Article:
For the first time in more than three weeks, President Cyril Ramaphosa will address the nation on Sunday night.
He may announce restrictions on alcohol sales following pleas from Health Minister Zweli Mkhize and others.
This week, Mkhize said that an increase in alcohol-related trauma cases is putting a strain on hospitals, and tabled the issue before the National Coronavirus Command Council, which met over the weekend.
There has been a surge in coronavirus infections in South Africa, which currently stands at 264 184 – putting the country in the top 10 worldwide, eclipsing even Italy (242 827), which has been one of the hardest hit.
While South Africa’s death rate of 3 971 is still comparatively low compared to countries with similar infection rates – in Italy, nearly 35 000 people died – local hospitals are taking strain.
News24 reported this week that all government hospitals in Gauteng have reached maximum bed capacity, while in the Eastern Cape hospitals have also been struggling to cope with an influx of patients.
The situation has been worsened by a spike in the number of alcohol-related trauma cases since the ban on alcohol sales was lifted on 1 June. Mkhize reported a 40% to 50% increase in trauma cases.
“When there was a lockdown, it was quite clear that casualty departments did not have a lot of pressure,” Mkhize said. “We have now been receiving in this hospital, and many other hospitals, lots of complaints about that fact that the alcohol-related trauma is causing a lot of pressure.”
News24 previously reported that in recent weeks, Western Cape Premier Alan Winde, Gauteng Premier David Makhura and Eastern Cape Premier Oscar Mabuyane have also spoken about the impact of alcohol-related cases on hospitals.
But the alcohol industry has cautioned government against further restrictions to sales.
In a statement – supported by the South African Liquor Brandowners’ Association (SALBA), the Beer Association of South Africa (BASA), VinPro, Liquor Traders Association of South Africa (LTASA) and the Liquor Traders Council of South Africa (LTCSA) – the industry warned that a further ban on sales would affect the income of up to one million people.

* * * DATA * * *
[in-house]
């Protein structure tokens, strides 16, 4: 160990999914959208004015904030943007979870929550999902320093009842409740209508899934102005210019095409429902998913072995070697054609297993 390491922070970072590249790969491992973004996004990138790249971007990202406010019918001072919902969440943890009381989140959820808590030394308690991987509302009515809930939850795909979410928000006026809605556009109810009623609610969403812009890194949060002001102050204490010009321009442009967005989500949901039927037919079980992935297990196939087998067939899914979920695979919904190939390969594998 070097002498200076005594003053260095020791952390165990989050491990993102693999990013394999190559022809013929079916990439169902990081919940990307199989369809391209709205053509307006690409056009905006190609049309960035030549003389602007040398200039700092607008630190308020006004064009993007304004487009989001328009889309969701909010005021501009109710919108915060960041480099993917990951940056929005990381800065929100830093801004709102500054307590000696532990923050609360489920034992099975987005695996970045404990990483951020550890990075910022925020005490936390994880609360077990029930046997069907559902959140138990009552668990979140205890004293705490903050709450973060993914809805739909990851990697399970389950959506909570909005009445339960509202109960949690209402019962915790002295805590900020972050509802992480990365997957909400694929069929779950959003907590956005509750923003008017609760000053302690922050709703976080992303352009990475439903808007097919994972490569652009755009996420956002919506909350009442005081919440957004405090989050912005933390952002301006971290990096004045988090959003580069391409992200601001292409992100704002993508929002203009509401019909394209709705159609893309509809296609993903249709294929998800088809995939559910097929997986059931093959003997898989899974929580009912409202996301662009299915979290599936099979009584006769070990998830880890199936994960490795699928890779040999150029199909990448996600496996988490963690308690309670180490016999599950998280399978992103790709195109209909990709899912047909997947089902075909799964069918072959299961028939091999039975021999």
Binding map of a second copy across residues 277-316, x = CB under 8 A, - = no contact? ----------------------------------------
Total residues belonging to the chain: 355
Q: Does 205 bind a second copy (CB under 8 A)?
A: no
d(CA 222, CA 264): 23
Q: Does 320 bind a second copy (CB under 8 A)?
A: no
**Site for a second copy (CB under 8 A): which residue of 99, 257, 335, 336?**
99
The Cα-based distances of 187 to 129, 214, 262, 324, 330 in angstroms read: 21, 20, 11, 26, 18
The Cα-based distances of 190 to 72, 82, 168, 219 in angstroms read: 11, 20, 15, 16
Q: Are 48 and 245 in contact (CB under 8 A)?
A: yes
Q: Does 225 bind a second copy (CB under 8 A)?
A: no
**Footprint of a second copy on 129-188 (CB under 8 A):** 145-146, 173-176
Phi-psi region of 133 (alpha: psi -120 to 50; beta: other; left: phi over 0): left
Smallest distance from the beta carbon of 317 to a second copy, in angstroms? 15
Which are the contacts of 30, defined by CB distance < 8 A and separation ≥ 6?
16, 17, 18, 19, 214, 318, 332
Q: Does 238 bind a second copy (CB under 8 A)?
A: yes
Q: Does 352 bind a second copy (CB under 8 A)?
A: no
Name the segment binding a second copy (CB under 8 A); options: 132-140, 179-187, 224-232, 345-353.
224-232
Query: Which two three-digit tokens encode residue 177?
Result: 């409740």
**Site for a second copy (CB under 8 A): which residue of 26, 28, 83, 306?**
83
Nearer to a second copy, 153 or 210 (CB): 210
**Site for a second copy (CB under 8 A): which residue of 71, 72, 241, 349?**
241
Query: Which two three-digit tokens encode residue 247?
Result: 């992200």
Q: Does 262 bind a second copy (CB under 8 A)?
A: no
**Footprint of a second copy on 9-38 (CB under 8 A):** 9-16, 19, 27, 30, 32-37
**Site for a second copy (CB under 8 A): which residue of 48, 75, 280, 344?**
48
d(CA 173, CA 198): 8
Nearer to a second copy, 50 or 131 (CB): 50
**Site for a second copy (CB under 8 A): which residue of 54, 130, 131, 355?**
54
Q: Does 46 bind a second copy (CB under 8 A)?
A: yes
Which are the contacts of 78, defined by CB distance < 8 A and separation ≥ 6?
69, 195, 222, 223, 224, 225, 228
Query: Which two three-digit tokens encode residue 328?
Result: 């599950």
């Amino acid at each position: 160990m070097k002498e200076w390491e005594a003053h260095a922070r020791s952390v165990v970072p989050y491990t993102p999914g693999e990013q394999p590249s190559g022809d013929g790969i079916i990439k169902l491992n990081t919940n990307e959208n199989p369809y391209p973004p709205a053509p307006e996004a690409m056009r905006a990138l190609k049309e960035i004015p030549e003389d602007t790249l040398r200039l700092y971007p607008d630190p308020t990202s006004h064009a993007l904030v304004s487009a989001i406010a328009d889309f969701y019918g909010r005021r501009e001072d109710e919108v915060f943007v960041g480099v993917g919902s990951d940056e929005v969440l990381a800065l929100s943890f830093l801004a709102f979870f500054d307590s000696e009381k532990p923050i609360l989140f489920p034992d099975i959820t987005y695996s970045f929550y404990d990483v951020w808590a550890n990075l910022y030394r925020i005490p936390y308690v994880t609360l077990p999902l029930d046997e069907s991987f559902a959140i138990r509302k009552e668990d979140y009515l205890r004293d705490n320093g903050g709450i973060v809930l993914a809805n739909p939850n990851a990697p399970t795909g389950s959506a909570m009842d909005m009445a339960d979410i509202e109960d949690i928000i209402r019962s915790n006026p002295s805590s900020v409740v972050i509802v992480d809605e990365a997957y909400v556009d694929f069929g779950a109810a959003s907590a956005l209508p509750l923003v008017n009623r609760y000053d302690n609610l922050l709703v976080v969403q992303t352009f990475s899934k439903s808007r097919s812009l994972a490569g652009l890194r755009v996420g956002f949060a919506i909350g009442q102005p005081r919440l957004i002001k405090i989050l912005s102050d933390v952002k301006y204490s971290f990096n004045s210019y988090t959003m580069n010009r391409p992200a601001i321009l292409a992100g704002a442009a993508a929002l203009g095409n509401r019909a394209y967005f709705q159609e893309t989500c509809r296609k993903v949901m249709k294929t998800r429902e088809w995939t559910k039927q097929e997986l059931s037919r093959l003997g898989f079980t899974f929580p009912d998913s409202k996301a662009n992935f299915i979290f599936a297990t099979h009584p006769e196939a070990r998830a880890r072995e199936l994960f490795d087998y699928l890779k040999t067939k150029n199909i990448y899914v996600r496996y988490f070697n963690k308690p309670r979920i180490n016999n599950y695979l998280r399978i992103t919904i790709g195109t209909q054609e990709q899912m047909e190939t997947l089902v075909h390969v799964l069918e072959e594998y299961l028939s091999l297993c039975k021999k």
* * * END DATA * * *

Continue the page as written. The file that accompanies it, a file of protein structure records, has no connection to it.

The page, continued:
“After an initial liquor stock-up that lasted two weeks, liquor sales have started slowing recently and the share of spend has dropped to below what it was last year,” the industry said in a statement.
It also warned of increased contagion due to panic buying.
SALBA CEO Kurt Moore said that: “As an industry we are deeply concerned about the surge of Covid-19 infections, however, any additional restriction on sales, including an outright ban, shorter trading hours or further restrictions on trading, would likely increase panic buying and overcrowding at retail outlets, which would increase the risk of transmission of the virus.”
Under Level 3, consumers can buy alcohol products from Monday to Thursday between 09:00 and 17:00.
Other issues that Ramaphosa may address on Sunday night could include confusion over leisure travel. The presidency shared social posts on Friday evening that appeared to announce that hotels, lodges and guest houses can accommodate leisure tourists – and not only business travellers.
To the disappointment of hotels, these were soon deleted, after the presidency said the posts were made in error, and that accommodation should not be open for leisure travel yet.